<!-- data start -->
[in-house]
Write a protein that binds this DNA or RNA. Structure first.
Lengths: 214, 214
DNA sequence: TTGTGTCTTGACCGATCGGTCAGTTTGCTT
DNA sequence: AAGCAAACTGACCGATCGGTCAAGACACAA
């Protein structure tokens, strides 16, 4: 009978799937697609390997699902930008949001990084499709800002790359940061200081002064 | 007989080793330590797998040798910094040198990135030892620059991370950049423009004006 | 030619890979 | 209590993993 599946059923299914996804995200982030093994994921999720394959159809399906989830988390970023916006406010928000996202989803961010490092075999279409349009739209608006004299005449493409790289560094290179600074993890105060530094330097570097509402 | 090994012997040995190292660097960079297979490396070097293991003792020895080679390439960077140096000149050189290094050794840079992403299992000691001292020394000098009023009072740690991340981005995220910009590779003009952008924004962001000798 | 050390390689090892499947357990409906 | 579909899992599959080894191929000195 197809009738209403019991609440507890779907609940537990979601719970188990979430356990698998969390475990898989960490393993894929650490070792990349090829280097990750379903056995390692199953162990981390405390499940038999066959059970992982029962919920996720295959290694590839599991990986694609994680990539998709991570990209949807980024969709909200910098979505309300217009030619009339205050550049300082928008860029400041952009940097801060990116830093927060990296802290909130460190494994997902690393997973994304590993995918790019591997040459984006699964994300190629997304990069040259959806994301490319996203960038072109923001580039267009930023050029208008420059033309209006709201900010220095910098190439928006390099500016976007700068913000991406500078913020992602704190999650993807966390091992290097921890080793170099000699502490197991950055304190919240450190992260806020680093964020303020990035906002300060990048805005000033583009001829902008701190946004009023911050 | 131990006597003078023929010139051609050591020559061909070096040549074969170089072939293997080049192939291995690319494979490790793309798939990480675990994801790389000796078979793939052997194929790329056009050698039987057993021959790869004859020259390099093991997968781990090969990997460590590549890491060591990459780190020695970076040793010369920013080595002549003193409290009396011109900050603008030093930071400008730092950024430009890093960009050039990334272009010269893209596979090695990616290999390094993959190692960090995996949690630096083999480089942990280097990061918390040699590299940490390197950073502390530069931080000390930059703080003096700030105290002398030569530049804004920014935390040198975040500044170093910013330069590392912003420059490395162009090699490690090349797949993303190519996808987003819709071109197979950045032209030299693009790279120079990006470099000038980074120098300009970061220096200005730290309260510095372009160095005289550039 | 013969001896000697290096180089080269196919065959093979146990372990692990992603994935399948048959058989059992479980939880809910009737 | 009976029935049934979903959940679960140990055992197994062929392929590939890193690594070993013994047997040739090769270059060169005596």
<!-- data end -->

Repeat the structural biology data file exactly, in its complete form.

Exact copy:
[in-house]
Write a protein that binds this DNA or RNA. Structure first.
Lengths: 214, 214
DNA sequence: TTGTGTCTTGACCGATCGGTCAGTTTGCTT
DNA sequence: AAGCAAACTGACCGATCGGTCAAGACACAA
């Protein structure tokens, strides 16, 4: 009978799937697609390997699902930008949001990084499709800002790359940061200081002064 | 007989080793330590797998040798910094040198990135030892620059991370950049423009004006 | 030619890979 | 209590993993 599946059923299914996804995200982030093994994921999720394959159809399906989830988390970023916006406010928000996202989803961010490092075999279409349009739209608006004299005449493409790289560094290179600074993890105060530094330097570097509402 | 090994012997040995190292660097960079297979490396070097293991003792020895080679390439960077140096000149050189290094050794840079992403299992000691001292020394000098009023009072740690991340981005995220910009590779003009952008924004962001000798 | 050390390689090892499947357990409906 | 579909899992599959080894191929000195 197809009738209403019991609440507890779907609940537990979601719970188990979430356990698998969390475990898989960490393993894929650490070792990349090829280097990750379903056995390692199953162990981390405390499940038999066959059970992982029962919920996720295959290694590839599991990986694609994680990539998709991570990209949807980024969709909200910098979505309300217009030619009339205050550049300082928008860029400041952009940097801060990116830093927060990296802290909130460190494994997902690393997973994304590993995918790019591997040459984006699964994300190629997304990069040259959806994301490319996203960038072109923001580039267009930023050029208008420059033309209006709201900010220095910098190439928006390099500016976007700068913000991406500078913020992602704190999650993807966390091992290097921890080793170099000699502490197991950055304190919240450190992260806020680093964020303020990035906002300060990048805005000033583009001829902008701190946004009023911050 | 131990006597003078023929010139051609050591020559061909070096040549074969170089072939293997080049192939291995690319494979490790793309798939990480675990994801790389000796078979793939052997194929790329056009050698039987057993021959790869004859020259390099093991997968781990090969990997460590590549890491060591990459780190020695970076040793010369920013080595002549003193409290009396011109900050603008030093930071400008730092950024430009890093960009050039990334272009010269893209596979090695990616290999390094993959190692960090995996949690630096083999480089942990280097990061918390040699590299940490390197950073502390530069931080000390930059703080003096700030105290002398030569530049804004920014935390040198975040500044170093910013330069590392912003420059490395162009090699490690090349797949993303190519996808987003819709071109197979950045032209030299693009790279120079990006470099000038980074120098300009970061220096200005730290309260510095372009160095005289550039 | 013969001896000697290096180089080269196919065959093979146990372990692990992603994935399948048959058989059992479980939880809910009737 | 009976029935049934979903959940679960140990055992197994062929392929590939890193690594070993013994047997040739090769270059060169005596």